We are probably best described as unreconstructed Modernists in a theoretical sense, but we have much broader influences than that. We love the Arts and Crafts period, especially Voysey. We love Le Corbusier, Aalto, Louis Kahn – nothing surprising there. In Australia we admire Guilford Bell and Robin Boyd. We are drawn to the Italians – Magistretti, Scarpa, Ponti. Our tastes and enthusiasms are broad and enthusiastic. It is also important to mention our peers in Australia who take part in an evolving conversation about Architecture and culture more broadly – they are colleagues and friends and we enjoy their support and collegiality and value enormously the community that we inhabit together.


Team Kennedy Nolan | Yellowtrace
Team Kennedy Nolan. We love the outfit colour coordination. They could totally start an architect’s band, no? Photography by Sean Fennessy.

Fitzroy Lane House, Melbourne by Kennedy Nolan | Yellowtrace
Fitzroy Lane House, Melbourne. Photography by Derek Swalwell.


+ What advice would you give to emerging designers who want to follow your path? What was one of your biggest lessons learned since starting your practice?

Our first piece of advice is to find your own voice. Imitation is the sincerest form of flattery and of course there is nothing new under the sun but you should always bring something of yourself to everything you do. If you don’t know what that is – find out, if it takes your whole life it will still be worth it.

Also – make good friends – reach out to your colleagues – seek out people who inspire or provoke you. Our biggest lesson is the one we are still trying to learn – how to make the practice of architecture positive in every way we can. You can’t control everything in your life, but the things that you can control should be approached positively and with creativity.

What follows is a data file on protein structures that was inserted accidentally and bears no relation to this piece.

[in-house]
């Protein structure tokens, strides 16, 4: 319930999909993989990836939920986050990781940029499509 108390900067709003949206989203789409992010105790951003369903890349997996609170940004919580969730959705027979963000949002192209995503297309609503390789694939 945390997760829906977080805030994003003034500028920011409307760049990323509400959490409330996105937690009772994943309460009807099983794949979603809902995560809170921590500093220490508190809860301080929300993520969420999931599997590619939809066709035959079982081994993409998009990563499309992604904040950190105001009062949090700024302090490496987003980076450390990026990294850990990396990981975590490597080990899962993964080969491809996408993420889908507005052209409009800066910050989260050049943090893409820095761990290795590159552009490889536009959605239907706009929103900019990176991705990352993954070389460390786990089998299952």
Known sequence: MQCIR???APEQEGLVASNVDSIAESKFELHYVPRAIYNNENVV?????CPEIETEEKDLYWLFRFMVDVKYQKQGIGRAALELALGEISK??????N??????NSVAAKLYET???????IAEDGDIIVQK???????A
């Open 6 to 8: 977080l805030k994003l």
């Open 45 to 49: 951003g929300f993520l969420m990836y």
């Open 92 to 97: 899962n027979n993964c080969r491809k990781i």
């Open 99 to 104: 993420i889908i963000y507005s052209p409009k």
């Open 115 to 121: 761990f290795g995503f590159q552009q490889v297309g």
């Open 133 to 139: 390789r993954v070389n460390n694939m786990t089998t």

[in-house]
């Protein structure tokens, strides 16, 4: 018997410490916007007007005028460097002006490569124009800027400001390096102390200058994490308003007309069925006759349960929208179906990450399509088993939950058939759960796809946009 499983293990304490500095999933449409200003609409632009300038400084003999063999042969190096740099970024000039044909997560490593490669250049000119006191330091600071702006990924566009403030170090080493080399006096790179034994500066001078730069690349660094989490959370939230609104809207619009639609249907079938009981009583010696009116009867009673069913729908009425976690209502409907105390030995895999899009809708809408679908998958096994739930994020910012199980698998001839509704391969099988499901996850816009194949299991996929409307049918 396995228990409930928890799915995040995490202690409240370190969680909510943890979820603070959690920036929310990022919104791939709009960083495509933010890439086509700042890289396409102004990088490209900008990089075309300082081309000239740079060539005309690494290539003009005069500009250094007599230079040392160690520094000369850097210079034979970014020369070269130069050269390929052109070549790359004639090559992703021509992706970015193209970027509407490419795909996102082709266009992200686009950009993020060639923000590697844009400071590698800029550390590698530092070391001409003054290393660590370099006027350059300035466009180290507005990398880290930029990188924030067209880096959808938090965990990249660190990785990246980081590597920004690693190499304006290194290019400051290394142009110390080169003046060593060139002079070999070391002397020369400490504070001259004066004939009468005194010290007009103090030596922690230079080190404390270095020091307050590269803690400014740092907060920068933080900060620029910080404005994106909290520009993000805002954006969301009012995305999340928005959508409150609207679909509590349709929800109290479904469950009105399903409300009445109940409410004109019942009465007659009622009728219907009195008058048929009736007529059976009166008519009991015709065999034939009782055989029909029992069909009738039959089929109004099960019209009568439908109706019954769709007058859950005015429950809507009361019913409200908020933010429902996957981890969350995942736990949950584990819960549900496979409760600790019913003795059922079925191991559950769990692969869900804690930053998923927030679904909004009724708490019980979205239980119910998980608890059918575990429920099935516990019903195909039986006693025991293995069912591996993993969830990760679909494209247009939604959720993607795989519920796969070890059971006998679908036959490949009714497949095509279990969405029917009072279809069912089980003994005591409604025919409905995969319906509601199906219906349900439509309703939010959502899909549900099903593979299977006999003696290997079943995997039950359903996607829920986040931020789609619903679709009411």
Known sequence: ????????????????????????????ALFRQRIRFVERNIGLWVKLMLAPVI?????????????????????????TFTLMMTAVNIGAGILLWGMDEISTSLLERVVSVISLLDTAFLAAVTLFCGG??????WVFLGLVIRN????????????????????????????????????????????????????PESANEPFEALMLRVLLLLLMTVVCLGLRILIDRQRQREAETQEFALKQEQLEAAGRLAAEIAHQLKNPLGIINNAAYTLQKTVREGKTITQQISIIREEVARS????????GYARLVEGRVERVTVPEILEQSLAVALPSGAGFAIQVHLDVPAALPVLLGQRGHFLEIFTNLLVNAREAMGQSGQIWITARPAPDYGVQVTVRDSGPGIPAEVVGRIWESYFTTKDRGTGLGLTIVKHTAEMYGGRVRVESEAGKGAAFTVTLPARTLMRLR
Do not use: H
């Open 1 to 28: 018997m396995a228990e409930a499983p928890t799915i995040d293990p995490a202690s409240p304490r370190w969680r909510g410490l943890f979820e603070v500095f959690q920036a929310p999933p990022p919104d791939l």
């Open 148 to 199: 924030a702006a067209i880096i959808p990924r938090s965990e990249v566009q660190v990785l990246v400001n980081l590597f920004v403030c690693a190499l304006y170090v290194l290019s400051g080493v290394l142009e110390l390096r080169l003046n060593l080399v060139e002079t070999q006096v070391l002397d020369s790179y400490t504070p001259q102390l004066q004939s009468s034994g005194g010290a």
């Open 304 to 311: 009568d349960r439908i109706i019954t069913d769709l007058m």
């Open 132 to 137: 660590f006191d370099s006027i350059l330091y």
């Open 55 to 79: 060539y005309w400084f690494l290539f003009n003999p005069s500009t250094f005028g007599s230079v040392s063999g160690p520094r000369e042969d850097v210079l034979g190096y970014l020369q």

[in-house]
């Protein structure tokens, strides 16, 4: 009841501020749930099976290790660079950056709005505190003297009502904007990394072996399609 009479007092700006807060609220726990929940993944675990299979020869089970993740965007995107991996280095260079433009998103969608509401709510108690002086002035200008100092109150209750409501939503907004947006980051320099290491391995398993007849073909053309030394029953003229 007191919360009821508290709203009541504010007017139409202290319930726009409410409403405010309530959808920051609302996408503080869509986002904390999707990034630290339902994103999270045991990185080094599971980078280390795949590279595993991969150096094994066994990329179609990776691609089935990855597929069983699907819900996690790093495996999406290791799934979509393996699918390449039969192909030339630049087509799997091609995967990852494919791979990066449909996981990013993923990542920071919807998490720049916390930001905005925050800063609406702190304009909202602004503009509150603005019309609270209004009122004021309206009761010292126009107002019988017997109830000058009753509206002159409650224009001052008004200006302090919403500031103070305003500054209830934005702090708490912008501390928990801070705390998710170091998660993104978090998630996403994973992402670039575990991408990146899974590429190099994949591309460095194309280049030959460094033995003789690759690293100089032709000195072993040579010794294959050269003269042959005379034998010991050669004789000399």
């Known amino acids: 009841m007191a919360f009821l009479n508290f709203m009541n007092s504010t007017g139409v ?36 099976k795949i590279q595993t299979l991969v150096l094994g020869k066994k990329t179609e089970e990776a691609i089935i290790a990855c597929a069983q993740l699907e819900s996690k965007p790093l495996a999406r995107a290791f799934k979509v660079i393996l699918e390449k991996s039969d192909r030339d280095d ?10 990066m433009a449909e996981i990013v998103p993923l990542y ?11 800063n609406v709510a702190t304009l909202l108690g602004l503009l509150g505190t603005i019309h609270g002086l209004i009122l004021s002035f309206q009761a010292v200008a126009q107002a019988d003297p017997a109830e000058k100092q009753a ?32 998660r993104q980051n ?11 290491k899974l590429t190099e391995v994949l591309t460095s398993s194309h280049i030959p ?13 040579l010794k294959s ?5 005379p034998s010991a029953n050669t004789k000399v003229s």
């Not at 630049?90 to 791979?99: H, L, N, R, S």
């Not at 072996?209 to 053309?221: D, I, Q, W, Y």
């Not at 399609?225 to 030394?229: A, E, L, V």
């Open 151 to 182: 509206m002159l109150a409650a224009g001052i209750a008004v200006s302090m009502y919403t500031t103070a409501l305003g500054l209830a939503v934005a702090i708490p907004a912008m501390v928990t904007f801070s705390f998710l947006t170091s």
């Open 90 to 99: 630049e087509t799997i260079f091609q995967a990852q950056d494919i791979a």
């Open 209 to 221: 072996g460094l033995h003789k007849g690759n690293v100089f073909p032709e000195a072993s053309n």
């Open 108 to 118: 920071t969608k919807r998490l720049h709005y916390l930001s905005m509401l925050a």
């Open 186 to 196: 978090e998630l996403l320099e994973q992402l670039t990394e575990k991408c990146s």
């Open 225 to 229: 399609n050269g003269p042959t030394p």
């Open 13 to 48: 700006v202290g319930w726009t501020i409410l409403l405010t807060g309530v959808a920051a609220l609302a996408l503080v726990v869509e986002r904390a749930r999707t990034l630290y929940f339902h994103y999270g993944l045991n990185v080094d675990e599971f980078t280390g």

Fitzroy Lane House Melbourne By Kennedy Nolan | Yellowtrace
Fitzroy Lane House, Melbourne. Photography by Derek Swalwell.


+ What would be your dream creative project or a collaboration?

We once ran a design studio to design a new home for the Australian Tapestry Workshop – this would be a dream project because it is so very particular, it has a highly technical and functional requirement and it houses such exquisite items. For similar reasons we would love to do a church or place or worship – they are places where the architecture is supporting faith – something which cannot be fully explained in words so architecture can imbue something else with light, volume, sound and smell. It’s fascinating to consider that the atheist Le Corbusier designed such a deeply spiritual place in Ronchamp chapel – it demonstrates a profound understanding of humans seeking the unknowable.


Kooyond Road House, Melburne by Kennedy Nolan | Yellowtrace
Kooyond Road House, Melbourne. Photography by Derek Swalwell.


+ What’s next – can you share with us your vision, some of your goals (and some of your current projects)?

We are currently working on Nightingale – a multi-residential building which is financially, socially and environmentally sustainable, a not for profit project which addresses some of the problems with apartment projects in Melbourne. This project is a good encapsulation of how we are approaching the future – making architecture which is positive and people focussed, which is interesting, engaged and energized and keeps our culture strong. We will keep building on our own studio culture, will try to stay young in our thinking and have fun in the studio world that we have made for ourselves.


Melbourne Central Arcade & Bridge by Kennedy Nolan | Yellowtrace